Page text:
Tuesday, December 12, 2017

Church Staff Christmas Cheer

Kopp Disclosure
(John 3:19-21)




I am sharing this with elders.

This is especially for new staff members; for older staff members like me and Karen who will always be a year older than me already know how we pray and labor to try to make the season bright for everybody else and catch a lot of everything but heaven along the way.

Anyway, as I've said, this is among the worst parts of the year for church employees.

Depressed people are more depressed, angry people are more angry, unforgiving people are more unforgiving, speck-inspectors (see 12/8/17 www.koppdisclosure.com post) are miserable about their log-filled lives and transferring it to anyone who's handy, and everybody expects you to save their children and make the season bright for them and it's your fault if you don't, etc., etc., etc.

It happens every year; or, at least, I've seen it for a long time.

In other words, don't take the irregularity, irascibility, and irreconcilability that personally; and don't hesitate to come see me for a cup of caffeine, chat, and prayer.

I praise God for you and I am here for you during one of the most difficult times in church life.

Yes, our family of faith on the corner of Lincoln and Main is much better than most; and while I know that because I do a lot of parochial and ecumenical consulting and I'm not stuck in the ghetto of thinking nobody's as good or bad as us on any given day, we are not immune to pejorative pathologies being transferred to nicer folks like you.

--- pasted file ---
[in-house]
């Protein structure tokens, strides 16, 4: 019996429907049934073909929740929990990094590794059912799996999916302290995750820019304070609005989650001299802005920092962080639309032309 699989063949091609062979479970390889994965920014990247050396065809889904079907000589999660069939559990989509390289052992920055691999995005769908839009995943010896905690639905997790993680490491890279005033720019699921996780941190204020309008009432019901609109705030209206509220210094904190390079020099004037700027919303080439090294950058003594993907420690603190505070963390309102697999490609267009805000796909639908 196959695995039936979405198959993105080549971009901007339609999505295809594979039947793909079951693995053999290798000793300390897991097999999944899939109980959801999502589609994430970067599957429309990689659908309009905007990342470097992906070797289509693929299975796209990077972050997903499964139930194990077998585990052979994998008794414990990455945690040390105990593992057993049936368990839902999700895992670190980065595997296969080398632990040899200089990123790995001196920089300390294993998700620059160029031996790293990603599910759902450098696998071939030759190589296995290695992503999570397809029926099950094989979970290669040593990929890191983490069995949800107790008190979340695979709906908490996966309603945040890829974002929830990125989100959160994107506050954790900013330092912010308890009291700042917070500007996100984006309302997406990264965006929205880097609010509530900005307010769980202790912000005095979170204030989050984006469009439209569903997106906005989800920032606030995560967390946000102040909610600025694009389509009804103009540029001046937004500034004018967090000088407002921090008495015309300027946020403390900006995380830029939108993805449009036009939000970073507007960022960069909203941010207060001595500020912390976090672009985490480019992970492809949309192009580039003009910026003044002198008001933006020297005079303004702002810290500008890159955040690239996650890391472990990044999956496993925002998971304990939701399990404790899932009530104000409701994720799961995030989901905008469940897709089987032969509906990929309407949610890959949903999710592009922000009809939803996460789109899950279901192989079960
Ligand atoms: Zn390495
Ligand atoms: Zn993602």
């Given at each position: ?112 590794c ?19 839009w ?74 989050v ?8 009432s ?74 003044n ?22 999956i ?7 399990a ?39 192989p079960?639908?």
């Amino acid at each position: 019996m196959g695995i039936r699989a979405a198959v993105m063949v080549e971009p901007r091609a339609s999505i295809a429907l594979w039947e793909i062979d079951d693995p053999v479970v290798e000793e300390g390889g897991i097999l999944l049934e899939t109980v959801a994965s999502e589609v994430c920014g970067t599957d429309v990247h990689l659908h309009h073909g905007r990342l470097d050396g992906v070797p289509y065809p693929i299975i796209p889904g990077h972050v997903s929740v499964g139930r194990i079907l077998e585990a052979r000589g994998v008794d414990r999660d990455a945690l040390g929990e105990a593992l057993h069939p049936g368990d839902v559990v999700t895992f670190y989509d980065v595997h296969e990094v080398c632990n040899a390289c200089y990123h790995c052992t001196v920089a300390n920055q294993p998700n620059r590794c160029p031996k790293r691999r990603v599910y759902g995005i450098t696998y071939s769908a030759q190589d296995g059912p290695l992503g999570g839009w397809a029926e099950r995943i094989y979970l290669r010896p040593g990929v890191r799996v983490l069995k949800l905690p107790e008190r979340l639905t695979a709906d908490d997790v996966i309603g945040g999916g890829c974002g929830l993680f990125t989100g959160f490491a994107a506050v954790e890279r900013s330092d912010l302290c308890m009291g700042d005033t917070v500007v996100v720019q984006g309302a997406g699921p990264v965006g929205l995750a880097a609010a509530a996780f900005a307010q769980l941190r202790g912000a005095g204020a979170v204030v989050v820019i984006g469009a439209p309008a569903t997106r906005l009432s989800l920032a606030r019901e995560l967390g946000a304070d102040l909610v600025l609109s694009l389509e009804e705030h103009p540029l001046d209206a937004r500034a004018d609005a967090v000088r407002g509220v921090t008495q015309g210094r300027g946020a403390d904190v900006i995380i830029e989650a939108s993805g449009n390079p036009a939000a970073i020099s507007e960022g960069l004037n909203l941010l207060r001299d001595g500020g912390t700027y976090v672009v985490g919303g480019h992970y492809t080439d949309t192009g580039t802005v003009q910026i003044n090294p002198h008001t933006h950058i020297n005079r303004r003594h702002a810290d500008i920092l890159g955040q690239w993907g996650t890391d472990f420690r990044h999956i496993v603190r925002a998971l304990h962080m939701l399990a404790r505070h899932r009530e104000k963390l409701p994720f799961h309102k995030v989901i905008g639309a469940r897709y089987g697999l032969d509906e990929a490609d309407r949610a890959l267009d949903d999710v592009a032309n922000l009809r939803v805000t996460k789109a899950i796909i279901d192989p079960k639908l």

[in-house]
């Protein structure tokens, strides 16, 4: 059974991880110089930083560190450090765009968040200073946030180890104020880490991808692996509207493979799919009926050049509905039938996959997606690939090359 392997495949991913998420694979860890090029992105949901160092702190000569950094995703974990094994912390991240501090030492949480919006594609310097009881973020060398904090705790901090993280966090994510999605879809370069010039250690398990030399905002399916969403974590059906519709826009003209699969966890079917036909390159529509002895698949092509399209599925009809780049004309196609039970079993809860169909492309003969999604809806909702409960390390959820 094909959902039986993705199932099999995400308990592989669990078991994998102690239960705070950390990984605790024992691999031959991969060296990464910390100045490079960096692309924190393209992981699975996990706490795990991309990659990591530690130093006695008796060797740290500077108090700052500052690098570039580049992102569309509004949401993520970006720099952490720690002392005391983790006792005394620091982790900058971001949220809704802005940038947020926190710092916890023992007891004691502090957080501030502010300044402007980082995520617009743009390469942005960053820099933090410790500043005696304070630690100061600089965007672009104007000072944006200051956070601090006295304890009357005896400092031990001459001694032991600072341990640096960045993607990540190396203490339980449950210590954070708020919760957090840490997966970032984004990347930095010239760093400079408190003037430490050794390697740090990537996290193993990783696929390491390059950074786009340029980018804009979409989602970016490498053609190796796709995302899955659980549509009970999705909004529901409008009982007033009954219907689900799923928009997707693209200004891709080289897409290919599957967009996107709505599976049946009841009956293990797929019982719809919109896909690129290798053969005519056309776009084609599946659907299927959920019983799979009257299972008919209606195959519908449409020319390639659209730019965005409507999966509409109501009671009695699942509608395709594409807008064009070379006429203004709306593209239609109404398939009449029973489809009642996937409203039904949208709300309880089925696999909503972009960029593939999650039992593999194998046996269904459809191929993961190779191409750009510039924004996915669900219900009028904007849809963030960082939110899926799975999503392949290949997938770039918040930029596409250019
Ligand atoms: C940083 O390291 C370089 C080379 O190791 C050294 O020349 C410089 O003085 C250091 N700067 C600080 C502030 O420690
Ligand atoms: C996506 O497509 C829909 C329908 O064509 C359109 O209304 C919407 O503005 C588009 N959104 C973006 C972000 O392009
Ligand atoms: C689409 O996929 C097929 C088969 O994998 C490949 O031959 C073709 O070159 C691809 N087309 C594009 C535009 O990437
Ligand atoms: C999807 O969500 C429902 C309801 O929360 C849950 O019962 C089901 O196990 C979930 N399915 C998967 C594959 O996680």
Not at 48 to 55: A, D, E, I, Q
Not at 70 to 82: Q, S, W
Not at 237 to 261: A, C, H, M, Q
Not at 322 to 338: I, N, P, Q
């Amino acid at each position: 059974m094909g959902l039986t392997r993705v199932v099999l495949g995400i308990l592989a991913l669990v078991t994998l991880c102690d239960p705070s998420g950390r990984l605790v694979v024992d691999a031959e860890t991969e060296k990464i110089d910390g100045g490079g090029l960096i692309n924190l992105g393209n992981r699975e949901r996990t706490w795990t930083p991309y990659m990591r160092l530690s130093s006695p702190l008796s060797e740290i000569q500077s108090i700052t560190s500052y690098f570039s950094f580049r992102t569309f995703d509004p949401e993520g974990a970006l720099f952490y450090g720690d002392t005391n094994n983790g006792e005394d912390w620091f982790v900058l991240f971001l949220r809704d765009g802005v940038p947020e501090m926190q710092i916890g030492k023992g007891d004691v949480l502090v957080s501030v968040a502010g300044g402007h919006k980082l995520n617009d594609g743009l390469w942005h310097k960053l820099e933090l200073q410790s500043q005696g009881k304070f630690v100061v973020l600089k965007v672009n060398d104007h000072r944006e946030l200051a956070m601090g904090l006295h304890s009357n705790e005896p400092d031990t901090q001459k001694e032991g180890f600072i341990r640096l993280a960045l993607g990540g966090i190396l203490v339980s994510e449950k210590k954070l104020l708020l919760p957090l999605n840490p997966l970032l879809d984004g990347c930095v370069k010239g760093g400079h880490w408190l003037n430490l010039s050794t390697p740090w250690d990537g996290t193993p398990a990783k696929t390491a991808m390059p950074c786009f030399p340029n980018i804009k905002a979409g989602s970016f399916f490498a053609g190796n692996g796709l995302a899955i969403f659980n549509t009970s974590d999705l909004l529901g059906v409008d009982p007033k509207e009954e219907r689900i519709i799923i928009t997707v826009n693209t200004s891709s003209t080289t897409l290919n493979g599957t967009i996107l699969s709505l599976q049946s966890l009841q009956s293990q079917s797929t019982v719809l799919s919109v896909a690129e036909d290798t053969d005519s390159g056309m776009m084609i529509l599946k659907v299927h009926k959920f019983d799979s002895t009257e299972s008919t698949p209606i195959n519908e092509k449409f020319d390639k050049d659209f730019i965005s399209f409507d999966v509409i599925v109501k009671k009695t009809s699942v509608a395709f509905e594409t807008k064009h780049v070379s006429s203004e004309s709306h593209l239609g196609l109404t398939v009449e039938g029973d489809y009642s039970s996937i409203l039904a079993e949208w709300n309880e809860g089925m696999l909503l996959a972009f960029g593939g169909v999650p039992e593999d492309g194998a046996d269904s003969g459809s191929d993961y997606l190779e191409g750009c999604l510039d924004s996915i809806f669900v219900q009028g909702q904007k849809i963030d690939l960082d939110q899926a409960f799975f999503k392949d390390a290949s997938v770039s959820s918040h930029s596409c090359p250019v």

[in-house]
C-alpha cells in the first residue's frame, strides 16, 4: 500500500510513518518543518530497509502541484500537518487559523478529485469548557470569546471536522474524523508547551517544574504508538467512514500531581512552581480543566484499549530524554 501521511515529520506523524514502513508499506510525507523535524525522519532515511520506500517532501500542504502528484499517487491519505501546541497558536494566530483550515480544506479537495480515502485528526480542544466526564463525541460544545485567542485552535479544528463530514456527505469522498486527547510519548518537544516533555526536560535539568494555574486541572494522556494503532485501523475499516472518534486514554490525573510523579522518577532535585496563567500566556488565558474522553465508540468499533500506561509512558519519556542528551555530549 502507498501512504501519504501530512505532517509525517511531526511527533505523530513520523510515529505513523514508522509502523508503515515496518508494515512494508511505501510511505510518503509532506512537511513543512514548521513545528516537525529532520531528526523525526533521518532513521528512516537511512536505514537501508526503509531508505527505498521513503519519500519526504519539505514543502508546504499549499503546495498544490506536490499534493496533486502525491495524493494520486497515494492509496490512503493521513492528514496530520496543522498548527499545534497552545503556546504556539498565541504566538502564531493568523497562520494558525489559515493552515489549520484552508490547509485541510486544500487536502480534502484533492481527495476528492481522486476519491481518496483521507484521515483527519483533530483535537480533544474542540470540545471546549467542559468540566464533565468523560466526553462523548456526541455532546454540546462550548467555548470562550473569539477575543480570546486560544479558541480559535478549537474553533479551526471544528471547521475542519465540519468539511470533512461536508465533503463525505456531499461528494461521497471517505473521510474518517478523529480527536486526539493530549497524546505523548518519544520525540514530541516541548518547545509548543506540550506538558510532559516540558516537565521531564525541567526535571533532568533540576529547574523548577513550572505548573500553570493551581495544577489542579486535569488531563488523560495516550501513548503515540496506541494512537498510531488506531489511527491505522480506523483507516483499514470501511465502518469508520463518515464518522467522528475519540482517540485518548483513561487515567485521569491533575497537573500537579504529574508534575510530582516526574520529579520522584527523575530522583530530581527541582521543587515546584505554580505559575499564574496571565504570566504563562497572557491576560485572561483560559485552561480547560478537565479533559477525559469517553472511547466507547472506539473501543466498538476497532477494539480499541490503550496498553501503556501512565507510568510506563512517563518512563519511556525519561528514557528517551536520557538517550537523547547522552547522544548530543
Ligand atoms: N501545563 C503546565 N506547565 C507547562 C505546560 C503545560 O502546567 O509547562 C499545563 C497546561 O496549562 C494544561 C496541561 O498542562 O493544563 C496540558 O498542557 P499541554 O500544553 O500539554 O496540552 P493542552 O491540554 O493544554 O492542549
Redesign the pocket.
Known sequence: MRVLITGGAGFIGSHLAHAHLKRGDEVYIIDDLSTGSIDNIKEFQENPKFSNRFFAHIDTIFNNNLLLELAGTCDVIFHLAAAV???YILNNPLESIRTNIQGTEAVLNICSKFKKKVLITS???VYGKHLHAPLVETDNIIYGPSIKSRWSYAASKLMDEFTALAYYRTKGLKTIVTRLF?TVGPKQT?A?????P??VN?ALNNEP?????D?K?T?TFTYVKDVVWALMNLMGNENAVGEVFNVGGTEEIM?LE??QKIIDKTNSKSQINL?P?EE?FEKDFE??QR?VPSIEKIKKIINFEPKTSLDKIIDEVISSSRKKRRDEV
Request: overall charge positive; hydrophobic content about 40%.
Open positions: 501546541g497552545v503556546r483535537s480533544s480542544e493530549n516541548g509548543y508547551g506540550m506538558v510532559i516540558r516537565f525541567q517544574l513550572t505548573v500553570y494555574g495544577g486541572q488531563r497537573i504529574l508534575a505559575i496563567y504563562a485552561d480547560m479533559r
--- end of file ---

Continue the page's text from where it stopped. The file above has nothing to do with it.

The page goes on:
Or, maybe, just come to me for continuing education on original sin.

Get closer to Jesus and He will make the season bright for you too!

Blessings and Love!


Shatter the sound of silence!

Wake up!  Look up!  Stand up!  Speak up!  Act up for Jesus!

Salt!  Shine!  Leavenate!



Friday, December 8, 2017

Reconsidering Retirement

Kopp Disclosure
(John 3:19-21)


"Jesus said, 'Why do you look at the speck in your brother's eye but don't notice the log in your own eye?'
I may be wrong but I think a part of what Jesus was saying is speck-inspectors have such miserable
log-filled lives that they point out what's wrong with other people betraying some pejorative
pathology that deludes them into thinking they are somehow better than others when,
deep down, they know they are so miserably worse, pathetic, and decaying.  They
light fires in the backyards of others because they think it will distract people
from seeing how their houses are burning down.  Jesus called them
hypocrites because they mask the reality of their depravity."



    Retirement is anathema to me by call and desire.

    I've written about it before for my favorite ecclesiastical news website www.churchandworld.com (scroll down for "Scratching the Surface of Retirement").

    Summarily, I haven't believed in retirement unless a person wants to quit because she/he doesn't like the job anymore, never should have taken the job in the first place, health issues prevent continuing, and there's enough money in the piggy bank to ride off into the sunset.

    Simply, if you like what you're doing and can still do it and don't have anything better in mind, why stop?